My friend Bernard was chuckling even before I sat down.
"Ha! Donald Trump has won the bet!"
"Donald! This whole campaign of his has to be based on some crazy bet. He has to have bet someone that he could enter the race and lead in the polls."
It had been a long time since I'd met Bernard for lunch and I was surprised to see him looking so animated. Apparently the Trump campaign had got his blood flowing.
"Um, so many questions Bernard. First, are you a Trump fan? Second, have you ordered?"
"Of course I'm a fan! What other country could create a Donald Trump? He's a phenomenon!"
"You think this ... this ... um, man, should be president?"
"Of course not! You didn't ask me if I was voting for him. You asked me if I was a fan." As we were talking, the waiter brought his sandwich and he hastily stuffed a bite of Reuben into his cheek and began to talk. I was partly interested in what he had to say and partly distracted by the question of whether he would manage to swallow the bite rather than spray it across the table. "Did you hear about the origins of the dada movement?"
"It was nonsense, right?"
"Sort of," Bernard answered. "They actually began as a satire of politics and it morphed into an art movement. They were attacking the rationality and nationality that had just given the world the Great War. What we call World War I. But their attempts at nonsense as an alternative to the rationality that led to the madness of war actually resulted in a somewhat coherent art movement. Their whole point was that there was no point, a point they actually made quite well."
"And .... "
"This is Trump! The man is art! He's an art movement! He's mocking American values by embodying them and taking them to their extremes. His Trump Towers, these incredibly phallic symbols that tower over their surroundings. His fear of anyone you're unlikely to see in a WalMart. His insistence on appearing in reality shows and now campaigns, the only places in American society in which it's considered appropriate to wax rhapsodic about your own virtues and denigrate everyone else. In the past, someone like Sinclair Lewis had to create a character like Elmer Gantry for us to understand American culture. Donald Trump is like Elmer Gantry and Sinclair Lewis in one! He's the author and the character. He's the dada movement personified and delivered a century after the dada movement. He's a genius!"
"Well," I hesitated, not really in the mood for a fight but still not sure whether criticizing Donald would launch Bernard into a rant against me or just make his point, "he certainly tells us often of how smart he is."
"Haha! He is! He's brilliant! I don't think that even he is smart enough to understand how brilliant he is! There are 7 billion people on this planet and he gets more coverage than any 1 billion of them. He is the idiot savant of modern culture."
"But who is supporting him?"
"Well, everyone has that one crazy uncle at Thanksgiving who says such outrageous things that no one quite knows how to respond. Now, thanks to polling, we know how many crazy uncles there are."
"Enough to win an election?"
"No! Of course not! But the fact that he's doing so much better than anyone thought is enough to make everyone alarmed. He's like a one-man voting awareness campaign. At this point, the odds that he wins the Oval Office and that he admits that all of this was the most elaborate prank ever played on American voters are about equal."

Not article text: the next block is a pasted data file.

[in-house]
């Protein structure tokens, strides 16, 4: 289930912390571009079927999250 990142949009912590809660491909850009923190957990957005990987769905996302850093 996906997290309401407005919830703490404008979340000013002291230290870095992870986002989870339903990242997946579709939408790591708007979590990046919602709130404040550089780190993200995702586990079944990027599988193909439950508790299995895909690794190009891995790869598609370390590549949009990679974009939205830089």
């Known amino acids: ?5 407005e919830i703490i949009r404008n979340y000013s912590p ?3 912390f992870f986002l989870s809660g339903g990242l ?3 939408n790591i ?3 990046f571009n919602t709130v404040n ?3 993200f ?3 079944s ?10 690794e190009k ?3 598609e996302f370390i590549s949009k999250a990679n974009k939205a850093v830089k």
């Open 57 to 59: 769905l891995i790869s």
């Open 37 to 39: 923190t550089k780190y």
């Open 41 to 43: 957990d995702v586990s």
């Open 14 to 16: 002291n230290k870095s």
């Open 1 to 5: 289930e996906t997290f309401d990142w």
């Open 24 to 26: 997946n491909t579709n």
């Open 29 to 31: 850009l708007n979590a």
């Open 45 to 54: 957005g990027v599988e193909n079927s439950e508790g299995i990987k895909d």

"You think that he's going to jump out and say, 'Candid Camera!'?"
"You think he's going to win," Bernard rebutted.
"Er, no," I responded.
"That's it! That's the beauty of it! Everyone on the right is running around scared to death that they'll die in a terrorist attack. There's a nearly zero probability that you - or any one American - will die in a terrorist attack. In 2011, about as many Americans were killed by terrorists as were killed by their own furniture. Someone will likely die in a terrorist attack in the next few months but it won't be you or the guy worked up about it at a Trump rally. "
"But it could happen."
"Sure! Could. Few events have a zero percent probability. Which brings us to Trump."
"You think there is a zero percent chance that he'll win?"
"No! And the fact that there's a non-zero chance terrifies everyone on the left in the same way that being killed by terrorists terrifies those on the right. The whole chattering class of pundits and voters is terrified. Political discourse is now driven by two near-zero probability fears: being killed by a terrorist and living under a Trump presidency. It's better than the plot for a Marx Brothers film."
"You find all this amusing?"
"What's the alternative?"
"Find it alarming," I asked. He shook his head.
"You think that my being alarmed is going to make any difference to anything but my blood pressure? At my age I can't afford to be alarmed by improbable events. I could keel over at any minute and I should worry that a reality-TV star is going to win votes? No! I'll just enjoy this spectacle."
"So Donald is now your favorite show?"
"Donald is a show for the ages. I can hardly wait for the musical to come out. Donald singing, 'Donald! I love ya!'"
"There's a musical coming out?"
"Oh! That! That is a high-probability hope of mine and that trumps two near-zero probability fears." He paused. "Trumps! Get it?"
I still didn't but it made Bernard happy so I decided to just follow his lead and order a sandwich, shake my head at the improbability of so much energy going into such low-probability events, and join Bernard in brainstorming about the lyrics for the Trump musical.